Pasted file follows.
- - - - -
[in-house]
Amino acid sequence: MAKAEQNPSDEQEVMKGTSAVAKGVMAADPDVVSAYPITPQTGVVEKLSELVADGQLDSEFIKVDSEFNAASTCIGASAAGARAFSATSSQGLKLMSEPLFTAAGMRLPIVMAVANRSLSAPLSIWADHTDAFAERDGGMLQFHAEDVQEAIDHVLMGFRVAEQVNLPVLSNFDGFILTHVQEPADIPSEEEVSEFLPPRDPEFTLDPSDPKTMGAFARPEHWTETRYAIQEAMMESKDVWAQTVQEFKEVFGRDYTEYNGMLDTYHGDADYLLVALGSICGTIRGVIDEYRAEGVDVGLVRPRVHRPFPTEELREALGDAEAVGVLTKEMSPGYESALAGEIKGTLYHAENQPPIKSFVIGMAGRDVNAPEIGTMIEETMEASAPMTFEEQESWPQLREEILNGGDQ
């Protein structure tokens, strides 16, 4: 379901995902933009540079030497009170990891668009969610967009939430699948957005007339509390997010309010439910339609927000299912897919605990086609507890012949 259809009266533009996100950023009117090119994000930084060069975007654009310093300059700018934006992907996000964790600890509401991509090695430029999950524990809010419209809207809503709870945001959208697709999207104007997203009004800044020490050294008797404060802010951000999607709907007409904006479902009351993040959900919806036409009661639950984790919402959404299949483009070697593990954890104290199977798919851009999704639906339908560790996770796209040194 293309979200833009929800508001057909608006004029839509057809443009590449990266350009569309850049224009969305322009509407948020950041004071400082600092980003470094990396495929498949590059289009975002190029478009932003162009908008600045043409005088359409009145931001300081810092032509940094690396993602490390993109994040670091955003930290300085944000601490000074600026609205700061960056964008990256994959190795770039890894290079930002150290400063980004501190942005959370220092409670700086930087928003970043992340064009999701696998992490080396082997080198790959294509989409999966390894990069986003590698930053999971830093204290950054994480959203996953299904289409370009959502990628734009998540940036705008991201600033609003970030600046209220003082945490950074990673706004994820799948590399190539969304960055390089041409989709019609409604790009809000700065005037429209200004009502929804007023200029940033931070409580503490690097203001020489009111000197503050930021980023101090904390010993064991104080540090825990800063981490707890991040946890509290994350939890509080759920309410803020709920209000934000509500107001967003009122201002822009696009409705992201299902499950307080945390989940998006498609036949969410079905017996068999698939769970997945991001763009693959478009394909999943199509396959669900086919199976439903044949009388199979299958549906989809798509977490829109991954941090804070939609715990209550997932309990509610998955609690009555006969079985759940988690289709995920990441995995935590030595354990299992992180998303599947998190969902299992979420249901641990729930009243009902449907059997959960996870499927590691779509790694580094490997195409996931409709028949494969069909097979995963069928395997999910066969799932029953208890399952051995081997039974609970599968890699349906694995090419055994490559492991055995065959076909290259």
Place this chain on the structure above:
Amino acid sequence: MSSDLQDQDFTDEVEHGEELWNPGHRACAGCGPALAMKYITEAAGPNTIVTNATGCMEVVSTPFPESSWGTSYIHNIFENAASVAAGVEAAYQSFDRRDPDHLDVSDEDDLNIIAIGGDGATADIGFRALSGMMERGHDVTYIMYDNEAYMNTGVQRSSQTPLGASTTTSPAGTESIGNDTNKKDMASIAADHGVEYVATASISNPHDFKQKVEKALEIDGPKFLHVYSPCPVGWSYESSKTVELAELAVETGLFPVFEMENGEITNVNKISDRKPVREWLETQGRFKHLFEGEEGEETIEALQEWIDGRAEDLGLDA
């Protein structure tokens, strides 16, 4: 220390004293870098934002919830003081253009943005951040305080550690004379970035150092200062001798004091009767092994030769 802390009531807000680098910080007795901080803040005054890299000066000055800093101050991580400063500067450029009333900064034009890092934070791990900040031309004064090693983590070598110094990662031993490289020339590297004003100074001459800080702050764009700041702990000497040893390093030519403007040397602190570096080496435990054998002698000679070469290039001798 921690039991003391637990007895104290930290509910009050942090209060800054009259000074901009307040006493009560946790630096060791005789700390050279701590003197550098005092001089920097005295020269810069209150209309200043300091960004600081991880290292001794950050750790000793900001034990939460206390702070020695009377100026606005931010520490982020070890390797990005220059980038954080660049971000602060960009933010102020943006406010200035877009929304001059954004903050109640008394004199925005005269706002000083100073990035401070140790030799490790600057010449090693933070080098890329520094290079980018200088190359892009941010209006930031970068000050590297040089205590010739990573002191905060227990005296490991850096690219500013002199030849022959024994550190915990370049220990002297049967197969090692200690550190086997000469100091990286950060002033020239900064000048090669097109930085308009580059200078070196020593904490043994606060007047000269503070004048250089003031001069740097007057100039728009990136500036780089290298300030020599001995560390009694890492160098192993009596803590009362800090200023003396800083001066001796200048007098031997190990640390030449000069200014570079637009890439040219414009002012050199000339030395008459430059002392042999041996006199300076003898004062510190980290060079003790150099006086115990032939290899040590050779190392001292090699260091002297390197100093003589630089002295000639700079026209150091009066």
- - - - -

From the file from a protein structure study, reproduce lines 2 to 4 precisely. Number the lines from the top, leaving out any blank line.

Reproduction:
Amino acid sequence: MAKAEQNPSDEQEVMKGTSAVAKGVMAADPDVVSAYPITPQTGVVEKLSELVADGQLDSEFIKVDSEFNAASTCIGASAAGARAFSATSSQGLKLMSEPLFTAAGMRLPIVMAVANRSLSAPLSIWADHTDAFAERDGGMLQFHAEDVQEAIDHVLMGFRVAEQVNLPVLSNFDGFILTHVQEPADIPSEEEVSEFLPPRDPEFTLDPSDPKTMGAFARPEHWTETRYAIQEAMMESKDVWAQTVQEFKEVFGRDYTEYNGMLDTYHGDADYLLVALGSICGTIRGVIDEYRAEGVDVGLVRPRVHRPFPTEELREALGDAEAVGVLTKEMSPGYESALAGEIKGTLYHAENQPPIKSFVIGMAGRDVNAPEIGTMIEETMEASAPMTFEEQESWPQLREEILNGGDQ
């Protein structure tokens, strides 16, 4: 379901995902933009540079030497009170990891668009969610967009939430699948957005007339509390997010309010439910339609927000299912897919605990086609507890012949 259809009266533009996100950023009117090119994000930084060069975007654009310093300059700018934006992907996000964790600890509401991509090695430029999950524990809010419209809207809503709870945001959208697709999207104007997203009004800044020490050294008797404060802010951000999607709907007409904006479902009351993040959900919806036409009661639950984790919402959404299949483009070697593990954890104290199977798919851009999704639906339908560790996770796209040194 293309979200833009929800508001057909608006004029839509057809443009590449990266350009569309850049224009969305322009509407948020950041004071400082600092980003470094990396495929498949590059289009975002190029478009932003162009908008600045043409005088359409009145931001300081810092032509940094690396993602490390993109994040670091955003930290300085944000601490000074600026609205700061960056964008990256994959190795770039890894290079930002150290400063980004501190942005959370220092409670700086930087928003970043992340064009999701696998992490080396082997080198790959294509989409999966390894990069986003590698930053999971830093204290950054994480959203996953299904289409370009959502990628734009998540940036705008991201600033609003970030600046209220003082945490950074990673706004994820799948590399190539969304960055390089041409989709019609409604790009809000700065005037429209200004009502929804007023200029940033931070409580503490690097203001020489009111000197503050930021980023101090904390010993064991104080540090825990800063981490707890991040946890509290994350939890509080759920309410803020709920209000934000509500107001967003009122201002822009696009409705992201299902499950307080945390989940998006498609036949969410079905017996068999698939769970997945991001763009693959478009394909999943199509396959669900086919199976439903044949009388199979299958549906989809798509977490829109991954941090804070939609715990209550997932309990509610998955609690009555006969079985759940988690289709995920990441995995935590030595354990299992992180998303599947998190969902299992979420249901641990729930009243009902449907059997959960996870499927590691779509790694580094490997195409996931409709028949494969069909097979995963069928395997999910066969799932029953208890399952051995081997039974609970599968890699349906694995090419055994490559492991055995065959076909290259």
Place this chain on the structure above: